Geospatial Tools for the Large-Scale Monitoring of Wetlands in the San Francisco Estuary: Opportunities and Challenges
Published Web Locationhttps://doi.org/10.15447/sfews.2019v17iss2art2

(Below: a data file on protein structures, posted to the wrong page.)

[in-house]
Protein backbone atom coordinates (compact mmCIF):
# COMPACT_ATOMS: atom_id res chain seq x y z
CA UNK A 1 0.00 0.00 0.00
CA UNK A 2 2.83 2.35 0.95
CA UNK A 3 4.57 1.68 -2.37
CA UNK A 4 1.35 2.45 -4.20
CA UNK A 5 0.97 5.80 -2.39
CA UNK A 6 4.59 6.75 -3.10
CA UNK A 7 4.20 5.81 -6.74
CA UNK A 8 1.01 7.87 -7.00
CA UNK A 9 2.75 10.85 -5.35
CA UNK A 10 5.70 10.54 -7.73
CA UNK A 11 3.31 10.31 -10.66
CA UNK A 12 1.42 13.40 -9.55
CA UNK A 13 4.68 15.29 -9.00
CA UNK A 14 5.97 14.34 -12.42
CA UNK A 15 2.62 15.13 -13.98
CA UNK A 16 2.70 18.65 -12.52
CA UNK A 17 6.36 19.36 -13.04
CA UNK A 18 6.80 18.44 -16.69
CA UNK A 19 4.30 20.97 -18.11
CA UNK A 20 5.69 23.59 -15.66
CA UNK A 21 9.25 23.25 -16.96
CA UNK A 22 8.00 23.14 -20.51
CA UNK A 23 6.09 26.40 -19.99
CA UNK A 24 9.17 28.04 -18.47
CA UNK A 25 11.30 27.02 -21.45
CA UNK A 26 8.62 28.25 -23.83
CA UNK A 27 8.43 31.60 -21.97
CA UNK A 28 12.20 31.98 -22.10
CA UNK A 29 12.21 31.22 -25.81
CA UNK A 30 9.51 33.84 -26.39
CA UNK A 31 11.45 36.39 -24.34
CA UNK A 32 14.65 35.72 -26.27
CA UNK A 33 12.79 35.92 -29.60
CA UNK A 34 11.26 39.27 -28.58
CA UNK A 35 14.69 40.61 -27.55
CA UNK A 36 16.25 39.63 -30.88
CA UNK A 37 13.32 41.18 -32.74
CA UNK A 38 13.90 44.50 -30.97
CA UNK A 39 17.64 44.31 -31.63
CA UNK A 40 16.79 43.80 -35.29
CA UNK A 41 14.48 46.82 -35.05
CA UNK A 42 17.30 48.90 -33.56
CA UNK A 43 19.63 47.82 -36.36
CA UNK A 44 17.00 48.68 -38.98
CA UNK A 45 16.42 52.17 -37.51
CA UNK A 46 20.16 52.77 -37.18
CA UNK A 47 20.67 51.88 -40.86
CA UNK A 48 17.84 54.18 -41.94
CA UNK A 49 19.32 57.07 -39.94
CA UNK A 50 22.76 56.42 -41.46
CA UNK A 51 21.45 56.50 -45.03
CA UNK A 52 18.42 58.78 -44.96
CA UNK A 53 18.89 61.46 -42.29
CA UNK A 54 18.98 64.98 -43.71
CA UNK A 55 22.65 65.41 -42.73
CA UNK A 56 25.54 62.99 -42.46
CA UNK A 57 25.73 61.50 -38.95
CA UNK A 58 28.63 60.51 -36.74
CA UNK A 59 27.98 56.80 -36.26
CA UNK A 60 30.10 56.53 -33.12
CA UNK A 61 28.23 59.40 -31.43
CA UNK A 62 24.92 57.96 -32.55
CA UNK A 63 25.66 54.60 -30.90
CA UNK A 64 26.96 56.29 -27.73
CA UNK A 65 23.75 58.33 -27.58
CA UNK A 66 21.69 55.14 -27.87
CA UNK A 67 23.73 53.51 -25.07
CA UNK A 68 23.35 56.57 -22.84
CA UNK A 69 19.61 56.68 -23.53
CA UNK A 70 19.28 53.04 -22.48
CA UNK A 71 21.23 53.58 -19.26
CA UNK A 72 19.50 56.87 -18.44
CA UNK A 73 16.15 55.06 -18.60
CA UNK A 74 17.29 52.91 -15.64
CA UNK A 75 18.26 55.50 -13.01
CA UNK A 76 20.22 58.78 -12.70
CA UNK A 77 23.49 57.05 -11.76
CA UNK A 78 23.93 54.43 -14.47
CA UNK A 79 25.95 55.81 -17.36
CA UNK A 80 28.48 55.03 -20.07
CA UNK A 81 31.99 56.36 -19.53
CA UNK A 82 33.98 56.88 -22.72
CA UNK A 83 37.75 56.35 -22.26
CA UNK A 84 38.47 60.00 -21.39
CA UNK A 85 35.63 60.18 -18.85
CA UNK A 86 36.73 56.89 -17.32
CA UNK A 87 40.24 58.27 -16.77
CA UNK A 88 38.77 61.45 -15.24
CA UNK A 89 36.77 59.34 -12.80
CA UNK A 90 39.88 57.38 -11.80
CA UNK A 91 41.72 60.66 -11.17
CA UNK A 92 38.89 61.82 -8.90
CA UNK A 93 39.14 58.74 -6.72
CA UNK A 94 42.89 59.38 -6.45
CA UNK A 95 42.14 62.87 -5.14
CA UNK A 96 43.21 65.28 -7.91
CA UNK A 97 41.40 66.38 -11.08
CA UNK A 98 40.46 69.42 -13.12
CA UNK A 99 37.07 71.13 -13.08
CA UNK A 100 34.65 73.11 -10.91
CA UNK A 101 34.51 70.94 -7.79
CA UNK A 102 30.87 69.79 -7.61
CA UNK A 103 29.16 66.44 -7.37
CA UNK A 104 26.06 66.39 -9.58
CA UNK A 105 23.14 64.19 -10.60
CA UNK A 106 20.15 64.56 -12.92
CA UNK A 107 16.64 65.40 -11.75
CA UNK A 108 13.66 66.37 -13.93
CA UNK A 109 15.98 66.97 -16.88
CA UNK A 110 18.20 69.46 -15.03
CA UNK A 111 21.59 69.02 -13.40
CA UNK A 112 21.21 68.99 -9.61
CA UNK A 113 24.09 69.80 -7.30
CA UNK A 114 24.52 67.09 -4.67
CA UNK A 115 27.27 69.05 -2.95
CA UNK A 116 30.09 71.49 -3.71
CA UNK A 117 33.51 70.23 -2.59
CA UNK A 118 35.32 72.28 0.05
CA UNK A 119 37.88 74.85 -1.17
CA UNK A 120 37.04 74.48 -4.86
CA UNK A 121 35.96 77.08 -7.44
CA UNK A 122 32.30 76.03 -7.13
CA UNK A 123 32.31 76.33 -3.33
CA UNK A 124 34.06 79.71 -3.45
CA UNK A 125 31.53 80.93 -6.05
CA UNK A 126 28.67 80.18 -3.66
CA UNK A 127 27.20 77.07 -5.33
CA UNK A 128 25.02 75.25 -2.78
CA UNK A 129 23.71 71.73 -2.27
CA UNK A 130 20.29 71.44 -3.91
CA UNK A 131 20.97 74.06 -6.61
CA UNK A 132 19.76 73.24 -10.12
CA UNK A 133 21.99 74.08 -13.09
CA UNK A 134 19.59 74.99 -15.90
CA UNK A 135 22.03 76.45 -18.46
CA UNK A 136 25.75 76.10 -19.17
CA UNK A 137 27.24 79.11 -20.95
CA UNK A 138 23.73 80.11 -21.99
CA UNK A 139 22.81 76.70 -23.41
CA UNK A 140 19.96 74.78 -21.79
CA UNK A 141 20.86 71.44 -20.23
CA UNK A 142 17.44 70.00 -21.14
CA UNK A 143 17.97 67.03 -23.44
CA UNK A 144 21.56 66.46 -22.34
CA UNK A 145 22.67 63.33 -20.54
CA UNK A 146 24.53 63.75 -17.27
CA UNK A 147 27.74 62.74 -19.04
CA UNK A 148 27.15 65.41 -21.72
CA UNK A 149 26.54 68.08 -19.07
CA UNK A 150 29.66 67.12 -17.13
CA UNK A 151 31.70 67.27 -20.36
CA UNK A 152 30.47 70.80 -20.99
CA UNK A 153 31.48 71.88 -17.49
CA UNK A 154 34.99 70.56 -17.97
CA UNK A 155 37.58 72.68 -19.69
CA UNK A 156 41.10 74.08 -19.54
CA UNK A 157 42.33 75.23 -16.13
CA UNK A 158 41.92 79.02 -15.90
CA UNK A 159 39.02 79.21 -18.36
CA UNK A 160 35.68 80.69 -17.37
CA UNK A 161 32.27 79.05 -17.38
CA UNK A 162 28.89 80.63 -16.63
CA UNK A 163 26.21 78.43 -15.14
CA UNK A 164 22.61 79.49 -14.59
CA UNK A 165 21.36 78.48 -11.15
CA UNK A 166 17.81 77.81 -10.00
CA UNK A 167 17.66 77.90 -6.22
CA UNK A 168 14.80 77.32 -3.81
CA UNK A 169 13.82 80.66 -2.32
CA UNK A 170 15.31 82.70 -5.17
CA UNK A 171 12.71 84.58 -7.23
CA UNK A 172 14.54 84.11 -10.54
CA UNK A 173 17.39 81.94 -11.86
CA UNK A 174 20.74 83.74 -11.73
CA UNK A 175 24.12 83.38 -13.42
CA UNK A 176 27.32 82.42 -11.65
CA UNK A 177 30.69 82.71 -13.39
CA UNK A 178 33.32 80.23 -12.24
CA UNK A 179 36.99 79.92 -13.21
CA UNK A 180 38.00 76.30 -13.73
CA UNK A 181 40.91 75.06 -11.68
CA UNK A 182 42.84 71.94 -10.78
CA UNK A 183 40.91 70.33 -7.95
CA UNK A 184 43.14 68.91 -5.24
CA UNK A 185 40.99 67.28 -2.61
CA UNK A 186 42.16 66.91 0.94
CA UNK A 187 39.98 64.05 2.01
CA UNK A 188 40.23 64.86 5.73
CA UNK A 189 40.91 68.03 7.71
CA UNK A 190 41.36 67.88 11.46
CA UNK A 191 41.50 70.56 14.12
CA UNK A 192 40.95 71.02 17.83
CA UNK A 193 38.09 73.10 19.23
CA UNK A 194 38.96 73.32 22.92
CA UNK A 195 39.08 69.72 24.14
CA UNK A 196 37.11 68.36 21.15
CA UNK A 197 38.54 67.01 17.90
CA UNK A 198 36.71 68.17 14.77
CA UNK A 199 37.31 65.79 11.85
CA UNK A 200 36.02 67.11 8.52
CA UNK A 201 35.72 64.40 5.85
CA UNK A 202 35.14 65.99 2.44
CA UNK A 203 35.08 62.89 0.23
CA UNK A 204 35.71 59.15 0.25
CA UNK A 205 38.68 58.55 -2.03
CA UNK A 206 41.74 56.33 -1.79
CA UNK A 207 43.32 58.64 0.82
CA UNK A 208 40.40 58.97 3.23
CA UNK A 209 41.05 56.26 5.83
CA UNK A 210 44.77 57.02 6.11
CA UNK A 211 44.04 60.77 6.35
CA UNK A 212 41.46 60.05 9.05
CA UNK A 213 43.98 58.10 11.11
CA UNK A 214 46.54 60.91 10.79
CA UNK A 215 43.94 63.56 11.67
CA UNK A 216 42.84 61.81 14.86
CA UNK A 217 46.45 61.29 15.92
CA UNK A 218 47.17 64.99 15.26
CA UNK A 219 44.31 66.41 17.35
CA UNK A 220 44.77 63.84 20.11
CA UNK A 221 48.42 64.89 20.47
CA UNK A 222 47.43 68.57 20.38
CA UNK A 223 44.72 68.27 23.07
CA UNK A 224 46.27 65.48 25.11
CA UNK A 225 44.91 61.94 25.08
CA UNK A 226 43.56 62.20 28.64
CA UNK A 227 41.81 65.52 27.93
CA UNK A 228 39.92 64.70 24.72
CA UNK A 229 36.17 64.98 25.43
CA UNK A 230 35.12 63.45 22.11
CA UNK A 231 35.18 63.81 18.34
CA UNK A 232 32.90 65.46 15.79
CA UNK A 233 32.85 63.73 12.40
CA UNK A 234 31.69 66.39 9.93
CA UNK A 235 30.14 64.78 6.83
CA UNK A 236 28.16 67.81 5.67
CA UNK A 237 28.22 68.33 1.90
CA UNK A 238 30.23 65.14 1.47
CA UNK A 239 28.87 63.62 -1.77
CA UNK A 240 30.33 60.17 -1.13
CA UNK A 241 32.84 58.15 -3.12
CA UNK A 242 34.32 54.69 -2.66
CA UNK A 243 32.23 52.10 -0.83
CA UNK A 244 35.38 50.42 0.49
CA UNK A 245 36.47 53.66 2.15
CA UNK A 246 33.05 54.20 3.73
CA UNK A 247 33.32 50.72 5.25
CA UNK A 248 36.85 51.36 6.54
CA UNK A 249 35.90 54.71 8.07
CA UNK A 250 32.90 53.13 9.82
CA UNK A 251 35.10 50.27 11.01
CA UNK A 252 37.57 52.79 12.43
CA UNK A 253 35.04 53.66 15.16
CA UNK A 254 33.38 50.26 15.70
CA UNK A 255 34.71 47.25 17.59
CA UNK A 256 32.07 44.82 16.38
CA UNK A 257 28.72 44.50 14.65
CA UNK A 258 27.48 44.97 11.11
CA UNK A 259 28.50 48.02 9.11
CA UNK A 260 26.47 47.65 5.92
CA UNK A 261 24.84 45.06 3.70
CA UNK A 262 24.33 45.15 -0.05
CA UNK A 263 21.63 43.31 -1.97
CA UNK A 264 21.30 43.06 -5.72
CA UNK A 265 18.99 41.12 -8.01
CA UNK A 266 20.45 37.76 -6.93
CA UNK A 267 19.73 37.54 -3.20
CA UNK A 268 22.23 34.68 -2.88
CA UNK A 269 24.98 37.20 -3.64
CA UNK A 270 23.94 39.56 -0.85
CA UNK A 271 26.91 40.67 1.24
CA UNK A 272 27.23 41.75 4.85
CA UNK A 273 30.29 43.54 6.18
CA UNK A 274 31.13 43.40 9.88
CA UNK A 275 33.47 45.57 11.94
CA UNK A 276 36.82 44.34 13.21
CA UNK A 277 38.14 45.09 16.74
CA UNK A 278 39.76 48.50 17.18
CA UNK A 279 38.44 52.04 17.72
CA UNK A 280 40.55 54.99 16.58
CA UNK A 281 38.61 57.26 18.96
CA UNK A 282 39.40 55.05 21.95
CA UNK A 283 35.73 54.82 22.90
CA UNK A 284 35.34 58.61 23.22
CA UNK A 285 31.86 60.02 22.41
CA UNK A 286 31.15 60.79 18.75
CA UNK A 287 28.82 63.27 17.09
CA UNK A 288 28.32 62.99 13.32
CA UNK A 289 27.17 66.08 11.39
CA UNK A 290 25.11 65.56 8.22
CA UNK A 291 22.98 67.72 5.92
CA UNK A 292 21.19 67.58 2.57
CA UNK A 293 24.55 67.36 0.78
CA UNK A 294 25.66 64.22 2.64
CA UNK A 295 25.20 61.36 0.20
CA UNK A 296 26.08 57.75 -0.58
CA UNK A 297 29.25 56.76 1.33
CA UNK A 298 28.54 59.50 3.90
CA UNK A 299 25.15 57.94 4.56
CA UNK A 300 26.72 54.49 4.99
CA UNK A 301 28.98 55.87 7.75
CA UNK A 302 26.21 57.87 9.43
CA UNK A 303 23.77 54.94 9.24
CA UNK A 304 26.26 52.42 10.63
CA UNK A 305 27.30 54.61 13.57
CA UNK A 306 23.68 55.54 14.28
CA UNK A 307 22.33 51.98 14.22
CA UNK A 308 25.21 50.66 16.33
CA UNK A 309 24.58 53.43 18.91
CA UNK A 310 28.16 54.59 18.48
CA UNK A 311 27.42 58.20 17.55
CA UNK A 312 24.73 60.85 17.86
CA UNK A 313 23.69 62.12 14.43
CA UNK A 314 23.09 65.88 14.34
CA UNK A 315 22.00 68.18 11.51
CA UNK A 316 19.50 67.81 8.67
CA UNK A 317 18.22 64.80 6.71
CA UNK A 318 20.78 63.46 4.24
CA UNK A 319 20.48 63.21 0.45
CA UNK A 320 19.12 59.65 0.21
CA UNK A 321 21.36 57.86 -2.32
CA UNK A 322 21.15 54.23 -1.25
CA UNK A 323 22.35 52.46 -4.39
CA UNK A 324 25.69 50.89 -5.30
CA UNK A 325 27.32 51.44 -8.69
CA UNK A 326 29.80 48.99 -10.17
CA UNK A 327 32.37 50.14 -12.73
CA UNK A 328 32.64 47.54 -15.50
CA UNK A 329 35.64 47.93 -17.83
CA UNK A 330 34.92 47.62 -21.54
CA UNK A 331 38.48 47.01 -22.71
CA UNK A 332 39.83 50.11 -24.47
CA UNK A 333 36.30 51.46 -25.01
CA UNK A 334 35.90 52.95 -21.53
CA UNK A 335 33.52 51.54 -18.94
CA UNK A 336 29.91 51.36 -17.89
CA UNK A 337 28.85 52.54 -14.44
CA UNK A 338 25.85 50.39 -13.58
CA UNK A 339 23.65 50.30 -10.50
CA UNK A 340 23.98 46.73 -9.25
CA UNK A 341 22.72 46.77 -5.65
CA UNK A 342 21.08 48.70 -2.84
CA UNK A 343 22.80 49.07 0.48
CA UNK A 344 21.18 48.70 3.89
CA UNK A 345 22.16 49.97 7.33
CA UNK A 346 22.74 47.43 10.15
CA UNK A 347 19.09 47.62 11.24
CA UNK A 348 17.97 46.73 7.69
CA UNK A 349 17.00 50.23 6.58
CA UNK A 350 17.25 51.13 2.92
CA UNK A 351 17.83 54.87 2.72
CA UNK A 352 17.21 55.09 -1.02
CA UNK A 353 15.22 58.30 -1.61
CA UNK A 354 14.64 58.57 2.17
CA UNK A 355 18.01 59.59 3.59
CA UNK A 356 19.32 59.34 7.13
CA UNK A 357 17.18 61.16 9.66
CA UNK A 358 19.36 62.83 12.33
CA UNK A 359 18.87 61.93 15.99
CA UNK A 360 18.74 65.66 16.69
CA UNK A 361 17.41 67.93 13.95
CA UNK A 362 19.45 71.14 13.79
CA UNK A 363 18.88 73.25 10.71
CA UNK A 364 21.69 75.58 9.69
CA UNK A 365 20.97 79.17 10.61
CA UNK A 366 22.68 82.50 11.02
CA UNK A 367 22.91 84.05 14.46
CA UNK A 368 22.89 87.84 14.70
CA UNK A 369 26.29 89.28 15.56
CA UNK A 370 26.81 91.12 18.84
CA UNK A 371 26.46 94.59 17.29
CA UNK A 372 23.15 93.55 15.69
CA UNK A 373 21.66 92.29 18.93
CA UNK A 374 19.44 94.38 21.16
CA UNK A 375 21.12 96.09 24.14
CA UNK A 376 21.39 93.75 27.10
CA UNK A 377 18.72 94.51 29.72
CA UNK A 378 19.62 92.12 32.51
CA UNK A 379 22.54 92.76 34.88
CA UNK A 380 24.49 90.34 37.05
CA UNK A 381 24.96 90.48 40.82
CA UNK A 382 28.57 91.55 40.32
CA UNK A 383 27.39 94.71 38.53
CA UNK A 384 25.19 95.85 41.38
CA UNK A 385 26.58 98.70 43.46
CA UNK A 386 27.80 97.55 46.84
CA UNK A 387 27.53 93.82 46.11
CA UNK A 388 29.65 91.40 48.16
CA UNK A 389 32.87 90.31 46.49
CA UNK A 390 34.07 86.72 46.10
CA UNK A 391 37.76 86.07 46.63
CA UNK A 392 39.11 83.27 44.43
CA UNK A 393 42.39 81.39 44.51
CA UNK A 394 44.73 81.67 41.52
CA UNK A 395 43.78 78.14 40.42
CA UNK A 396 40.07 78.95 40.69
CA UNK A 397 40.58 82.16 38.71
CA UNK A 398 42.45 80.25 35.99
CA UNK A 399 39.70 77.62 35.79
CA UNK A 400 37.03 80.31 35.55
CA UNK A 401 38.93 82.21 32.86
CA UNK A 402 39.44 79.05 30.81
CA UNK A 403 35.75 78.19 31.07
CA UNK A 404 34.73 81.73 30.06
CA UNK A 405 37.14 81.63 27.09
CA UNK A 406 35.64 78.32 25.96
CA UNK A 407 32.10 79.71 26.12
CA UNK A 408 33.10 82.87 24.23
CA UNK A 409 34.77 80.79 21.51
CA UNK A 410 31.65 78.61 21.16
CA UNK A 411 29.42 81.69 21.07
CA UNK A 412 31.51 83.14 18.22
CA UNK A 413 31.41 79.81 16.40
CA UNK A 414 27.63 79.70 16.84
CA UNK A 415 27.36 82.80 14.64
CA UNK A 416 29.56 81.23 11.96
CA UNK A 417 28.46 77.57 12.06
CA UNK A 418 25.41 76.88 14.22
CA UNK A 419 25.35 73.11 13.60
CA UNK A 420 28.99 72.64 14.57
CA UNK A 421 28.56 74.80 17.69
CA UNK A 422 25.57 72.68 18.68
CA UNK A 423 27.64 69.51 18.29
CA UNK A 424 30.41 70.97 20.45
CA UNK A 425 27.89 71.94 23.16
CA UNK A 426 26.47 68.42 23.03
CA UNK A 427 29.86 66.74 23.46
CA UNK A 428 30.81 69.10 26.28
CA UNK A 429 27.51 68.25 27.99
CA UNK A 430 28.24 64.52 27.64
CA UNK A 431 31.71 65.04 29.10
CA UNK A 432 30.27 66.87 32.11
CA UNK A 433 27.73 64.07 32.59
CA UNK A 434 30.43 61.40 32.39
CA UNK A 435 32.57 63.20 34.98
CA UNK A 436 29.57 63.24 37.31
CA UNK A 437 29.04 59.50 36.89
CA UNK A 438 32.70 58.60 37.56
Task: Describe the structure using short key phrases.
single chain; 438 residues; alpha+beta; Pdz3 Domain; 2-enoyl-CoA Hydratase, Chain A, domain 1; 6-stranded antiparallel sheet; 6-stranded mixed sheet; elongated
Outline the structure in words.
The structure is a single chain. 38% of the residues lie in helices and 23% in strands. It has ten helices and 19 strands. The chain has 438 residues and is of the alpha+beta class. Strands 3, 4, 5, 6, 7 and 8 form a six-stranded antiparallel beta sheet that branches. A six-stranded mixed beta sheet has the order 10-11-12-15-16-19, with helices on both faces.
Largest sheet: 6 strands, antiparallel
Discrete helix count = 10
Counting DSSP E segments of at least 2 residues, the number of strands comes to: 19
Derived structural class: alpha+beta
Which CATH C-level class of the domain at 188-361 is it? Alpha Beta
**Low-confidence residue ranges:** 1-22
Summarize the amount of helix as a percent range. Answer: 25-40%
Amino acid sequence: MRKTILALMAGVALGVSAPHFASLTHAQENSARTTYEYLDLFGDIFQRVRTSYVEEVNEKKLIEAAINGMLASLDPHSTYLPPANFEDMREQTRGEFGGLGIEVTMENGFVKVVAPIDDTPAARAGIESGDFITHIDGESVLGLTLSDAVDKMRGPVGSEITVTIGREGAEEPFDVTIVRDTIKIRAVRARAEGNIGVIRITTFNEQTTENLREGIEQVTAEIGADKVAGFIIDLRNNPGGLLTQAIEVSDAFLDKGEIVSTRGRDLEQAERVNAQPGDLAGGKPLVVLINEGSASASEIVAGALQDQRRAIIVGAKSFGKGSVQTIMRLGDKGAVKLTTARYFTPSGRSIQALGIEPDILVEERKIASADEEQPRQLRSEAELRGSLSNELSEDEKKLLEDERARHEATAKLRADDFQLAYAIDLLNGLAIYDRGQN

Significant wetland losses and continuing threats to remnant habitats have motivated extensive restoration efforts in the San Francisco Bay–Delta estuary of California, the largest in the western United States. Consistent monitoring of ecological outcomes from this restoration effort would help managers learn from past projects to improve the design of future endeavors. However, budget constraints and challenging field conditions can limit the scope of current monitoring programs. Geospatial tools and remote sensing data sets could help complement field efforts for a low-cost, longer, and broader monitoring of wetland resources. To understand where geospatial tools could best complement current field monitoring practices, we reviewed the metrics and monitoring methods used by 42 wetland restoration projects implemented in the estuary. Monitoring strategies within our sample of monitoring plans relied predominantly on field surveys to assess key aspects of vegetation recovery while geospatial data sets were used sparingly. Drawing on recent publications that focus on the estuary and other wetland systems, we propose additional geospatial applications to help monitor the progress made toward site-specific and regional goals. These include the use of ecological niche models to target on-the-ground monitoring efforts, the up-scaling of field measurements into regional estimates using remote sensing data, and the analysis of time-series to detect ecosystem shifts. We discuss challenges and limitations to the broad-scale application of remote sensing data in wetland monitoring. These notably include the need to find a venue to store and share computationally intensive data sets, the often cumbersome pre-processing effort needed for long-term analyses, and multiple confounding factors that can obscure the signal of remote sensing data sets.